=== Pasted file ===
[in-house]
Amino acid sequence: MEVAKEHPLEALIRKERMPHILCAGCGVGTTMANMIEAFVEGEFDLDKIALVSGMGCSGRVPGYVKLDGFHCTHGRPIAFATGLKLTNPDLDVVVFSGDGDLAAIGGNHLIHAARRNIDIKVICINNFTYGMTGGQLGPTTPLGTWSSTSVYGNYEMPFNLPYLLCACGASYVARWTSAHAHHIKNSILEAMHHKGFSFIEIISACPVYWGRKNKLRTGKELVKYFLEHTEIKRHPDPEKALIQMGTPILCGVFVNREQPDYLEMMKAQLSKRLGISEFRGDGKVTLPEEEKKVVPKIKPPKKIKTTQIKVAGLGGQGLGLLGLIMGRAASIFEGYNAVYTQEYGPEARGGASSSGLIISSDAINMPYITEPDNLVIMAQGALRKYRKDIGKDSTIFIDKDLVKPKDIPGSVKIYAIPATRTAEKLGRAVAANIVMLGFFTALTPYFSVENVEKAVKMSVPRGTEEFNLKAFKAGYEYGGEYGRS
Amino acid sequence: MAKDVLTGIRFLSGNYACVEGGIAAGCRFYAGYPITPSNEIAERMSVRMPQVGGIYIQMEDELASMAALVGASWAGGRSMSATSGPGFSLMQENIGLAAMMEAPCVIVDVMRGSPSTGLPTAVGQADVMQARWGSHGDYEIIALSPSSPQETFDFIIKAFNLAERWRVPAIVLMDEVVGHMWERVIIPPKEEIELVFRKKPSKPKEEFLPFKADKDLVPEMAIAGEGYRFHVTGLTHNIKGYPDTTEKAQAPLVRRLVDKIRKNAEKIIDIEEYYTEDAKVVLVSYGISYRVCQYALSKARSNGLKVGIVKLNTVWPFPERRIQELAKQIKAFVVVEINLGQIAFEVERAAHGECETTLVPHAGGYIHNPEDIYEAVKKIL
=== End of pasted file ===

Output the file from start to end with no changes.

[in-house]
Amino acid sequence: MEVAKEHPLEALIRKERMPHILCAGCGVGTTMANMIEAFVEGEFDLDKIALVSGMGCSGRVPGYVKLDGFHCTHGRPIAFATGLKLTNPDLDVVVFSGDGDLAAIGGNHLIHAARRNIDIKVICINNFTYGMTGGQLGPTTPLGTWSSTSVYGNYEMPFNLPYLLCACGASYVARWTSAHAHHIKNSILEAMHHKGFSFIEIISACPVYWGRKNKLRTGKELVKYFLEHTEIKRHPDPEKALIQMGTPILCGVFVNREQPDYLEMMKAQLSKRLGISEFRGDGKVTLPEEEKKVVPKIKPPKKIKTTQIKVAGLGGQGLGLLGLIMGRAASIFEGYNAVYTQEYGPEARGGASSSGLIISSDAINMPYITEPDNLVIMAQGALRKYRKDIGKDSTIFIDKDLVKPKDIPGSVKIYAIPATRTAEKLGRAVAANIVMLGFFTALTPYFSVENVEKAVKMSVPRGTEEFNLKAFKAGYEYGGEYGRS
Amino acid sequence: MAKDVLTGIRFLSGNYACVEGGIAAGCRFYAGYPITPSNEIAERMSVRMPQVGGIYIQMEDELASMAALVGASWAGGRSMSATSGPGFSLMQENIGLAAMMEAPCVIVDVMRGSPSTGLPTAVGQADVMQARWGSHGDYEIIALSPSSPQETFDFIIKAFNLAERWRVPAIVLMDEVVGHMWERVIIPPKEEIELVFRKKPSKPKEEFLPFKADKDLVPEMAIAGEGYRFHVTGLTHNIKGYPDTTEKAQAPLVRRLVDKIRKNAEKIIDIEEYYTEDAKVVLVSYGISYRVCQYALSKARSNGLKVGIVKLNTVWPFPERRIQELAKQIKAFVVVEINLGQIAFEVERAAHGECETTLVPHAGGYIHNPEDIYEAVKKIL